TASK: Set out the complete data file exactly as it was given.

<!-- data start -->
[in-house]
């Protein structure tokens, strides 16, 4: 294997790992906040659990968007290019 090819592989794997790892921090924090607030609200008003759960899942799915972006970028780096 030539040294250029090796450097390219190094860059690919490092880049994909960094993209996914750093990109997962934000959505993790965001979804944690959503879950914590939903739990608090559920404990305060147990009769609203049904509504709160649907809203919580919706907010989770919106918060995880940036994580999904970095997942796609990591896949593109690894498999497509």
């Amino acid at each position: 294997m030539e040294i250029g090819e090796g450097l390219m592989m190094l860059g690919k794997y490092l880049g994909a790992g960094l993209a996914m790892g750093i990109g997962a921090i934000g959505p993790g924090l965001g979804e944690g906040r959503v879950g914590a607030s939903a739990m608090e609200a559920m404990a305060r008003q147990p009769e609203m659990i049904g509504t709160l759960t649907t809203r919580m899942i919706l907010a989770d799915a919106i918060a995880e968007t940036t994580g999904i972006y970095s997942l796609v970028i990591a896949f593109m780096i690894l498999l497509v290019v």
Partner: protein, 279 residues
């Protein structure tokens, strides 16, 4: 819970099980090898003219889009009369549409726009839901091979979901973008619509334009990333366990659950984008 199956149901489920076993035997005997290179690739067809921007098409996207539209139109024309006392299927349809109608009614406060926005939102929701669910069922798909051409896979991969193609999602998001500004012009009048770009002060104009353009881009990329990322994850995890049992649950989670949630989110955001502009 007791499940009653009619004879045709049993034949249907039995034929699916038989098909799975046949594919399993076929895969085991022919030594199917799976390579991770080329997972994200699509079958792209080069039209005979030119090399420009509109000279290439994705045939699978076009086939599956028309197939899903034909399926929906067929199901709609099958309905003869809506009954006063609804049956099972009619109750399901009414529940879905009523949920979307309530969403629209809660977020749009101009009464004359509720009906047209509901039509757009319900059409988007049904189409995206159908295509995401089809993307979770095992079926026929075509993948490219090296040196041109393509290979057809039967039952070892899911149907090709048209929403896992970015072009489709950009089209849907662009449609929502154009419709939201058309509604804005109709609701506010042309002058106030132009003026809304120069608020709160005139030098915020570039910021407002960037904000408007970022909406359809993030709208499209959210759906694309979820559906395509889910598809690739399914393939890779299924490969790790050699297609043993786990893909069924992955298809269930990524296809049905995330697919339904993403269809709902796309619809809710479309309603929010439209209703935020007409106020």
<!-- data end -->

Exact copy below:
[in-house]
């Protein structure tokens, strides 16, 4: 294997790992906040659990968007290019 090819592989794997790892921090924090607030609200008003759960899942799915972006970028780096 030539040294250029090796450097390219190094860059690919490092880049994909960094993209996914750093990109997962934000959505993790965001979804944690959503879950914590939903739990608090559920404990305060147990009769609203049904509504709160649907809203919580919706907010989770919106918060995880940036994580999904970095997942796609990591896949593109690894498999497509």
């Amino acid at each position: 294997m030539e040294i250029g090819e090796g450097l390219m592989m190094l860059g690919k794997y490092l880049g994909a790992g960094l993209a996914m790892g750093i990109g997962a921090i934000g959505p993790g924090l965001g979804e944690g906040r959503v879950g914590a607030s939903a739990m608090e609200a559920m404990a305060r008003q147990p009769e609203m659990i049904g509504t709160l759960t649907t809203r919580m899942i919706l907010a989770d799915a919106i918060a995880e968007t940036t994580g999904i972006y970095s997942l796609v970028i990591a896949f593109m780096i690894l498999l497509v290019v």
Partner: protein, 279 residues
């Protein structure tokens, strides 16, 4: 819970099980090898003219889009009369549409726009839901091979979901973008619509334009990333366990659950984008 199956149901489920076993035997005997290179690739067809921007098409996207539209139109024309006392299927349809109608009614406060926005939102929701669910069922798909051409896979991969193609999602998001500004012009009048770009002060104009353009881009990329990322994850995890049992649950989670949630989110955001502009 007791499940009653009619004879045709049993034949249907039995034929699916038989098909799975046949594919399993076929895969085991022919030594199917799976390579991770080329997972994200699509079958792209080069039209005979030119090399420009509109000279290439994705045939699978076009086939599956028309197939899903034909399926929906067929199901709609099958309905003869809506009954006063609804049956099972009619109750399901009414529940879905009523949920979307309530969403629209809660977020749009101009009464004359509720009906047209509901039509757009319900059409988007049904189409995206159908295509995401089809993307979770095992079926026929075509993948490219090296040196041109393509290979057809039967039952070892899911149907090709048209929403896992970015072009489709950009089209849907662009449609929502154009419709939201058309509604804005109709609701506010042309002058106030132009003026809304120069608020709160005139030098915020570039910021407002960037904000408007970022909406359809993030709208499209959210759906694309979820559906395509889910598809690739399914393939890779299924490969790790050699297609043993786990893909069924992955298809269930990524296809049905995330697919339904993403269809709902796309619809809710479309309603929010439209209703935020007409106020």